Parental Perspectives and Law
Among all human practices, procreation seems the most paradoxical. It starts as a fully personal choice and ends with the creation of a new subject of rights and responsibilities. Advances in reproductive genetics pose new ethical and legal questions. They are expected to prevent the transmission of genetic diseases to progeny and also to improve genetically-endowed mental and physical attributes. Genetic selection and enhancement may affect a child’s identity, as well as the parent-child relationship. The authors are committed to a pluralistic approach that captures all aspects of this relationship in terms of moral virtues and principles. They elucidate that most of the conflicts between parental preferences and a child’s rights could be resolved with reference to the meaning and nature of procreation.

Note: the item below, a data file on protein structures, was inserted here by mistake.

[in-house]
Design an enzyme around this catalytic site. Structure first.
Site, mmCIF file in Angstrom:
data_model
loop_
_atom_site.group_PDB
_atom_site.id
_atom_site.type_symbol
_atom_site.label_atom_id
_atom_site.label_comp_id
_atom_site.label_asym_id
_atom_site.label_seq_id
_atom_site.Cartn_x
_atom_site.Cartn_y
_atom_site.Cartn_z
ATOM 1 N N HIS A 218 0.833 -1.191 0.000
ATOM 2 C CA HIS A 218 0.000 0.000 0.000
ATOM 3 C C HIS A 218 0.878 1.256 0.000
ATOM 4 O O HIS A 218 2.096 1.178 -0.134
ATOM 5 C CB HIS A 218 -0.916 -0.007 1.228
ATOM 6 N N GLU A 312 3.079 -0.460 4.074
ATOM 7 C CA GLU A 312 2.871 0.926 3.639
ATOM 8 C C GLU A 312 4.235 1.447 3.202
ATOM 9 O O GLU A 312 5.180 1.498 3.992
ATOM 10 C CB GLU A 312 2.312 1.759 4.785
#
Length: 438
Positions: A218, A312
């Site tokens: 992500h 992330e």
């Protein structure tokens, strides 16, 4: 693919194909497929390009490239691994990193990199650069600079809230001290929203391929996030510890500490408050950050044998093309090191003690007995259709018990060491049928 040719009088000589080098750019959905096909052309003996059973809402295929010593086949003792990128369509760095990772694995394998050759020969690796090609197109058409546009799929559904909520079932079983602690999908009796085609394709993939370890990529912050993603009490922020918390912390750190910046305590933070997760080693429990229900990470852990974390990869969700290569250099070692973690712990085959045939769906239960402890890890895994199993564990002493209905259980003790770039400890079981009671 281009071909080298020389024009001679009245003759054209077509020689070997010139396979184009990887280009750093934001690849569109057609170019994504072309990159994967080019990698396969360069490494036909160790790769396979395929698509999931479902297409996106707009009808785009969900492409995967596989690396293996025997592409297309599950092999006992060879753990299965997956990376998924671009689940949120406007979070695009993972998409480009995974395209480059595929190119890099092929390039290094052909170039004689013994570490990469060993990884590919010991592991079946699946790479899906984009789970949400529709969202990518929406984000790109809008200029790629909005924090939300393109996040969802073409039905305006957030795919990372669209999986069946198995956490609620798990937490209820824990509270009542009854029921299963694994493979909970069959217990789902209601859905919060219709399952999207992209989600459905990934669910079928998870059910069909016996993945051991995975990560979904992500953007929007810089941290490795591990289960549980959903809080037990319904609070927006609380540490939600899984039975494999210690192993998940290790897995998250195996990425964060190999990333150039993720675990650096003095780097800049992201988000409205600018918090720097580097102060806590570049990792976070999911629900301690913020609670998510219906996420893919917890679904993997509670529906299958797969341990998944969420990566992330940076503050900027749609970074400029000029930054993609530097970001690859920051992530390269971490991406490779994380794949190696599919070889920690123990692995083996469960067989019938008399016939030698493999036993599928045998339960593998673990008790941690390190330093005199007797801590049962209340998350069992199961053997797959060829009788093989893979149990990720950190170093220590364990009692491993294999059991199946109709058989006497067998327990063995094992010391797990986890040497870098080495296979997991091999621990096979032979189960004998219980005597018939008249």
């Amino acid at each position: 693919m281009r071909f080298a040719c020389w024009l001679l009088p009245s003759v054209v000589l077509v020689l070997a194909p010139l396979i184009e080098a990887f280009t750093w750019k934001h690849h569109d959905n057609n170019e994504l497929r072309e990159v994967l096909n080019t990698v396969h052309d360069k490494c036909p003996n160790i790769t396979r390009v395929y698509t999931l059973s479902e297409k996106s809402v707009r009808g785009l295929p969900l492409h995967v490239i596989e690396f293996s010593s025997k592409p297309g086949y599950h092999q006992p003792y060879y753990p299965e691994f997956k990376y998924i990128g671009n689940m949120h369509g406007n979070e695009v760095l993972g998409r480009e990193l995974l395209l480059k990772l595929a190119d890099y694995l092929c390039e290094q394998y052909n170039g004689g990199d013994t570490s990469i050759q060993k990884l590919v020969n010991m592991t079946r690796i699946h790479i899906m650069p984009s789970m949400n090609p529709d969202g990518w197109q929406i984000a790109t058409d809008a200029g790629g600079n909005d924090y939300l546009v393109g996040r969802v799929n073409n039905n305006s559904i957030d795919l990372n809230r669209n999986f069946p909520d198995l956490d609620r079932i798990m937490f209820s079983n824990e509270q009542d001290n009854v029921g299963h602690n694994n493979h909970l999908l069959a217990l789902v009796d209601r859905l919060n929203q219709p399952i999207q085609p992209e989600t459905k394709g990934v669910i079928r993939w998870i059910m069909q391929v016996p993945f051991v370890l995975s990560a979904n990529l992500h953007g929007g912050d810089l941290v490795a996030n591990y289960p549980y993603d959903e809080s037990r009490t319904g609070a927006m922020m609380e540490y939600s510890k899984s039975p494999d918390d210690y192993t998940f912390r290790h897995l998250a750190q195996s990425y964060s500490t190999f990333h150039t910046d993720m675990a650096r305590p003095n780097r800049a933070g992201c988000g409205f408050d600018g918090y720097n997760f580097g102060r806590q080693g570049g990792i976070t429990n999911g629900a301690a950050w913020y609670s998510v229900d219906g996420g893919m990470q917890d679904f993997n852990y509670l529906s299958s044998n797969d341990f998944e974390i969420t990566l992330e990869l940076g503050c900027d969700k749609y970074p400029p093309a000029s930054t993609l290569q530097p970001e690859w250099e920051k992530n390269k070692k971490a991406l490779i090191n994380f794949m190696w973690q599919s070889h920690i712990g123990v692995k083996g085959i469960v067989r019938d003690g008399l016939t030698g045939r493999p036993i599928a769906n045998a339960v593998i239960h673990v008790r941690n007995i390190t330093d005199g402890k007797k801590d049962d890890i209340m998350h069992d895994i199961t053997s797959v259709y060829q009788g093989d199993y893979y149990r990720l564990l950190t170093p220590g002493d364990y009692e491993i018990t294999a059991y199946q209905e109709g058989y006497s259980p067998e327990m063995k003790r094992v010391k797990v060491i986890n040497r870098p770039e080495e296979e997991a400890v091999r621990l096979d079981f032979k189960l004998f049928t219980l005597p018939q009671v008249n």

About the authors
Marta Soniewicka holds a PhD in Law and in Philosophy. She is Assistant Professor at the Department of Philosophy of Law and Legal Ethics at the Faculty of Law and Administration of the Jagiellonian University in Krakow (Poland). Her research interests concentrate on the philosophy of law, political philosophy, and ethics. She has authored and co-authored numerous articles, chapters and books.
Wojciech Lewandowski holds an MA and PhD in Philosophy. He is Assistant Professor at the Department of Applied Ethics at the Faculty of Philosophy of the John Paul II Catholic University in Lublin (Poland). His fields of interest include the justification of special obligations, especially parental responsibility and collective responsibility for future generations. His recent publications include a monograph and various papers.
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